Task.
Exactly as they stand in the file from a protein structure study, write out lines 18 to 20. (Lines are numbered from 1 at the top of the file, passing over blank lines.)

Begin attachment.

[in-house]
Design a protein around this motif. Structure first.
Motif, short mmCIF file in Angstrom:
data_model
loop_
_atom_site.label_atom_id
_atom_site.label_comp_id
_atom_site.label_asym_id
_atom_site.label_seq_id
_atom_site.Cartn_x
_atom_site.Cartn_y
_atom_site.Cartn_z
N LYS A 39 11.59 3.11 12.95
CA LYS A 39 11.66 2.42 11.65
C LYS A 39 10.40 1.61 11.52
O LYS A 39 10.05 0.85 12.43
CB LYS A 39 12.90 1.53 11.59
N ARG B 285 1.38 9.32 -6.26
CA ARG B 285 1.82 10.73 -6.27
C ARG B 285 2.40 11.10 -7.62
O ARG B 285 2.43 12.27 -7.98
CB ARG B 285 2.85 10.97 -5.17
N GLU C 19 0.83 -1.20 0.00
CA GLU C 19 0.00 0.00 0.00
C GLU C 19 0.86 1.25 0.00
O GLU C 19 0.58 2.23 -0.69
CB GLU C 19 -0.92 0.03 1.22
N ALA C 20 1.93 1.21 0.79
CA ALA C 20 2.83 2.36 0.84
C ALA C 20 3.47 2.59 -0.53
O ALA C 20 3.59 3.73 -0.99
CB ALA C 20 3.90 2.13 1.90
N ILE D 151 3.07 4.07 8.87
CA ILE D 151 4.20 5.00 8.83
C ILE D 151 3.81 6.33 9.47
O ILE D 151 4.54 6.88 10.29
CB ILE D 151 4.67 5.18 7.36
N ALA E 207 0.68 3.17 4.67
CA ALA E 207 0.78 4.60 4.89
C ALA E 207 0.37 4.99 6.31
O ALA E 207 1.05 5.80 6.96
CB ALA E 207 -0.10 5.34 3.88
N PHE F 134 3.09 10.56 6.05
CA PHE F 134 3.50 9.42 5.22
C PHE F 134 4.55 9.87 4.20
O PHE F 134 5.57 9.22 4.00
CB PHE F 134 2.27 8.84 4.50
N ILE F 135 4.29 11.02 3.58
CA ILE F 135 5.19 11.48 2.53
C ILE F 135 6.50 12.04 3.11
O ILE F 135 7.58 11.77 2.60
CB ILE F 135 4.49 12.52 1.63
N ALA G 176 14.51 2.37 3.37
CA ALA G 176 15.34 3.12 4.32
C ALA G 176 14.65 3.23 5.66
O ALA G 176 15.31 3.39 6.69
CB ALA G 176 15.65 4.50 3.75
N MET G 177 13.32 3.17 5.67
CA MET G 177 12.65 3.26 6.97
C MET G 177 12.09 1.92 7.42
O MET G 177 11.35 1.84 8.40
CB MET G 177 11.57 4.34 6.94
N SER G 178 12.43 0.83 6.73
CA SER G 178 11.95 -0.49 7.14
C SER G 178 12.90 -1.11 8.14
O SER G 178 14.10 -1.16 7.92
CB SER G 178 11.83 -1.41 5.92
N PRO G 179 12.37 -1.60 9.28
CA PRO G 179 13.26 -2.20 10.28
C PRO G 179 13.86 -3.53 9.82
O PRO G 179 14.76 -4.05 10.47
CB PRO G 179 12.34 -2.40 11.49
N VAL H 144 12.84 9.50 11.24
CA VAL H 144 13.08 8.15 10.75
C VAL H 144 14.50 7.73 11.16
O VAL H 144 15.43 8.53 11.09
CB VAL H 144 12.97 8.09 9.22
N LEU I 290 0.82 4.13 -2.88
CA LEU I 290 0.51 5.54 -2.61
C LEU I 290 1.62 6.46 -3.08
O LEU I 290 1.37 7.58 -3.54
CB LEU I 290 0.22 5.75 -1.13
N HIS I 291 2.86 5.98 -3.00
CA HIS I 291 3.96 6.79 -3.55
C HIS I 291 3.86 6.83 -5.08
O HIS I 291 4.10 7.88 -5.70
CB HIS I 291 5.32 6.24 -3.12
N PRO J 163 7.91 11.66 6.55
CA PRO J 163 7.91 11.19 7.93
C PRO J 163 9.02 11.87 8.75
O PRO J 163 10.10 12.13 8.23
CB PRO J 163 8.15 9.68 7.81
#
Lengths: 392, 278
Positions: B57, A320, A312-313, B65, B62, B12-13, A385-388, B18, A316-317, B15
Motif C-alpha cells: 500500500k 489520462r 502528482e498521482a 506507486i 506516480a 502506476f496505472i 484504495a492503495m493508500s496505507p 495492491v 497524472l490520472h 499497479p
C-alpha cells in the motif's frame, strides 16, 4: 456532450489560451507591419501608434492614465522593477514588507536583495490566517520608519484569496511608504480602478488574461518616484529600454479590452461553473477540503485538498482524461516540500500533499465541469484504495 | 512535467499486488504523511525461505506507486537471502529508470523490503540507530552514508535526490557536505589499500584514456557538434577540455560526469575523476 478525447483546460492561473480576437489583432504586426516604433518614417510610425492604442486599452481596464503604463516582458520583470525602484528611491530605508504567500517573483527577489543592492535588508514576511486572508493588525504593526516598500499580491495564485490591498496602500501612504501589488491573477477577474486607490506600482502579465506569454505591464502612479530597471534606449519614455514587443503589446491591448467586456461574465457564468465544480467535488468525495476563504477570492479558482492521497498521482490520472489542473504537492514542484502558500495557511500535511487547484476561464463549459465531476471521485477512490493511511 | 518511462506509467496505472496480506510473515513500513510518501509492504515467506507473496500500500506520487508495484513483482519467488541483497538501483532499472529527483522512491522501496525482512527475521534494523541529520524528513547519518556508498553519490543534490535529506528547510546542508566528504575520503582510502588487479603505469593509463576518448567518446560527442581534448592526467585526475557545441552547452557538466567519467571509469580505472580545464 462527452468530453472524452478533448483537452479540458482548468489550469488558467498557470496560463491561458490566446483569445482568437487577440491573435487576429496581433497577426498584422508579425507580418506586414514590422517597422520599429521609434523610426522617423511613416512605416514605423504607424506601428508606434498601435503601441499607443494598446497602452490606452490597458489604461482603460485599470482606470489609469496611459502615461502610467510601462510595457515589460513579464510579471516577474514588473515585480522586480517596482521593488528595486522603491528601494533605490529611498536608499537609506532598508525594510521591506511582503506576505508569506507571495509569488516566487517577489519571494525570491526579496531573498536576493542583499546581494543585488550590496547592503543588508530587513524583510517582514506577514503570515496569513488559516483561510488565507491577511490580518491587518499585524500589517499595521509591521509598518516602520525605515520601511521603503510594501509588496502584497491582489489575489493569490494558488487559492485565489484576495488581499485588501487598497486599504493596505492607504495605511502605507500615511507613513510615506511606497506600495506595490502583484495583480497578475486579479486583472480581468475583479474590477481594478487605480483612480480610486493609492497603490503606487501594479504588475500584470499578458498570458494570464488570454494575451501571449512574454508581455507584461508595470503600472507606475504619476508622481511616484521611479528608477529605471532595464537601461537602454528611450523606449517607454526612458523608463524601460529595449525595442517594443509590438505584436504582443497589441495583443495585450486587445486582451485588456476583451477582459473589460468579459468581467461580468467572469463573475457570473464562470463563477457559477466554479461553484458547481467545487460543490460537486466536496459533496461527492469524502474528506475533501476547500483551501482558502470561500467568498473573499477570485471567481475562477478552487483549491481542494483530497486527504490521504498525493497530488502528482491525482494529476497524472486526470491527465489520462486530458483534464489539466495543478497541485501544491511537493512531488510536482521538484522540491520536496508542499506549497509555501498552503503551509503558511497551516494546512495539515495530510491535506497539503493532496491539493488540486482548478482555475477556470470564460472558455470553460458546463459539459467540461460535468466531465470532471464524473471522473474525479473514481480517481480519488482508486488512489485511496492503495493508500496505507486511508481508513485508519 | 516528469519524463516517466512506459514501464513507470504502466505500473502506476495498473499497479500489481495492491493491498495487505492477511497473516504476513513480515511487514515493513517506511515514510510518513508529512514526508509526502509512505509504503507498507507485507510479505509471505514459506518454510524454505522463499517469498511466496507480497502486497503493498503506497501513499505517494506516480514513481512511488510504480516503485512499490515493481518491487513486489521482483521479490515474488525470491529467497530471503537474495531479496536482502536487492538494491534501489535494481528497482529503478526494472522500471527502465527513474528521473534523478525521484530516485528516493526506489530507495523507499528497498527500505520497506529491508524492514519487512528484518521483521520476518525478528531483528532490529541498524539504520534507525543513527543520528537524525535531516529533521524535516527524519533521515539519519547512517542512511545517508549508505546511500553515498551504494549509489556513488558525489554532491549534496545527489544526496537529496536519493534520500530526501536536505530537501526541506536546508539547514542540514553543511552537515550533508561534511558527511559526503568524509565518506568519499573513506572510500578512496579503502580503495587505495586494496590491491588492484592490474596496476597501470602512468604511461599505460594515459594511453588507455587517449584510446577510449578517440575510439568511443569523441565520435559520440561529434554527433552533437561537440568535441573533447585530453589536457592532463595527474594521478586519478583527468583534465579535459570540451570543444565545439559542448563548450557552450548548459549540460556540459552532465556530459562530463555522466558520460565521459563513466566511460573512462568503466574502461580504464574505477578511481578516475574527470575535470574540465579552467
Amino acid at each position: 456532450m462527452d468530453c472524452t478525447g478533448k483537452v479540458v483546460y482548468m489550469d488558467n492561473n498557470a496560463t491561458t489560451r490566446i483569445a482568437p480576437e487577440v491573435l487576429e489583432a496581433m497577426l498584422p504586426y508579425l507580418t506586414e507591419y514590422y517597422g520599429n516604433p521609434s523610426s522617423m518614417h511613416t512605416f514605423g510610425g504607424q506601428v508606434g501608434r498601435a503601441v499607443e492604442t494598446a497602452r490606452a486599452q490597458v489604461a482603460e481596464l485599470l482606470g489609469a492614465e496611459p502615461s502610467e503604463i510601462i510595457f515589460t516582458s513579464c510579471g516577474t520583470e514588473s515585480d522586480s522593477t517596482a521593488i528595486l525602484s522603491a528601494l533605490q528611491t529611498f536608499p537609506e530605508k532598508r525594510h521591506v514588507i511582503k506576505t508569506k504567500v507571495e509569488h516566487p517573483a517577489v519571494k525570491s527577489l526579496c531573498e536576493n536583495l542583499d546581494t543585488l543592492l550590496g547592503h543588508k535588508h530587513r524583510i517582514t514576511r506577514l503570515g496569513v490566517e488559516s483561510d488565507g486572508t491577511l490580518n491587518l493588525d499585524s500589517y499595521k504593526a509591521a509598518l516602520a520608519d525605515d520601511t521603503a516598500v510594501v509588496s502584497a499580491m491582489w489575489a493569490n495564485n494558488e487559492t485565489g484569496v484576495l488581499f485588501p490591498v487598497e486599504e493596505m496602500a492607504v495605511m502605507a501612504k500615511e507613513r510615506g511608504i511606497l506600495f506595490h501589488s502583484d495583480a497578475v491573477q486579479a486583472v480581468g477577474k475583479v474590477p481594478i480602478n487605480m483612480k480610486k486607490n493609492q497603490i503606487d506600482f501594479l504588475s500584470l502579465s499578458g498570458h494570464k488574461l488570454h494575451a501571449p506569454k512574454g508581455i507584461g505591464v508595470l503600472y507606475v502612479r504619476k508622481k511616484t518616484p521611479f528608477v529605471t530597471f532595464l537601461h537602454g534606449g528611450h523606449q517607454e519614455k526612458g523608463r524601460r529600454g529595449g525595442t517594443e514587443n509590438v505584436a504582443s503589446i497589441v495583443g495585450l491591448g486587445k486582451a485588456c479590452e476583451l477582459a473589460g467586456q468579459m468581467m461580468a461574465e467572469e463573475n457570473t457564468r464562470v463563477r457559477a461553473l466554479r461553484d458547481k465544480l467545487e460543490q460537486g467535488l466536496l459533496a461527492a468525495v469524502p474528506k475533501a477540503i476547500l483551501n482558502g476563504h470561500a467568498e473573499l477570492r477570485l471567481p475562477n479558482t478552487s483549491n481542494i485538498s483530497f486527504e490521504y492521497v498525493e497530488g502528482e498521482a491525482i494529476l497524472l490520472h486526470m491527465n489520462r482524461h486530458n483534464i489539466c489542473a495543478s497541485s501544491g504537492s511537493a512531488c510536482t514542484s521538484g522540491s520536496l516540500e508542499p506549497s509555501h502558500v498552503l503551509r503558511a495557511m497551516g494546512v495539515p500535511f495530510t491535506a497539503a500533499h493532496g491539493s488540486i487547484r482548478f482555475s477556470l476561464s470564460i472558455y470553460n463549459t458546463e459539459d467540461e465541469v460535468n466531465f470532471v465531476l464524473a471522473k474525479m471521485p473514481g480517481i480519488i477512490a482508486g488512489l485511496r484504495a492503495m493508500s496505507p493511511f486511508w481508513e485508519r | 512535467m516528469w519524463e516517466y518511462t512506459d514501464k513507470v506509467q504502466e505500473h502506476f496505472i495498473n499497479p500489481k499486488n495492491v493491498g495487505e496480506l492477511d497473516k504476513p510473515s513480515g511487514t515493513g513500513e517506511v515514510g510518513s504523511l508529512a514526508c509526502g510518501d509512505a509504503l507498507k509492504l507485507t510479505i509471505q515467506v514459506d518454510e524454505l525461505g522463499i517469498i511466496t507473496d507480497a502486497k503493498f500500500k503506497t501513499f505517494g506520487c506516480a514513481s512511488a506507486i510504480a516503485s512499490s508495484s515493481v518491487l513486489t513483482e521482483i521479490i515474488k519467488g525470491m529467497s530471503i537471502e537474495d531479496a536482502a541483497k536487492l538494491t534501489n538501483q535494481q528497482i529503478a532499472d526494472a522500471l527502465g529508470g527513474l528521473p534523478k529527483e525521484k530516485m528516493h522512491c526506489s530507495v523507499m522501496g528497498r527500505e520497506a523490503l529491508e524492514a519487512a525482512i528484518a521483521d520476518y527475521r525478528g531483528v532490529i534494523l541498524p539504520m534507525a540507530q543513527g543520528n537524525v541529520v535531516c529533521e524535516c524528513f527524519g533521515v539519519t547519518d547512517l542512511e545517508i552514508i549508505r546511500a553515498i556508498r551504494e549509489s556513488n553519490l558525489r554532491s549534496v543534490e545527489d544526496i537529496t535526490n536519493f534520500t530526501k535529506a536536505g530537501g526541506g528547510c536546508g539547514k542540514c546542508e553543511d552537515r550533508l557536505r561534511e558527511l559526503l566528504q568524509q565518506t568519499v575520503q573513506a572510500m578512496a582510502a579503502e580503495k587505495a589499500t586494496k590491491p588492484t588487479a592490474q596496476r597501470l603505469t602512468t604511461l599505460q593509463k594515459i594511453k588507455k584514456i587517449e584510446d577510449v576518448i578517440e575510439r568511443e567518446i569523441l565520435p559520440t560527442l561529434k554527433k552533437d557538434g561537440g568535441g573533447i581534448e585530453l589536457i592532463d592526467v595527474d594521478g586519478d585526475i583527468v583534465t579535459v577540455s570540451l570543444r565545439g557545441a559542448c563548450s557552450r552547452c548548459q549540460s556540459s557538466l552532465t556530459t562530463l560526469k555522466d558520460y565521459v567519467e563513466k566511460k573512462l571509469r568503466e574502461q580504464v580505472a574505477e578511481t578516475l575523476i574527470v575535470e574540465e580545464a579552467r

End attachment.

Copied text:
N ARG B 285 1.38 9.32 -6.26
CA ARG B 285 1.82 10.73 -6.27
C ARG B 285 2.40 11.10 -7.62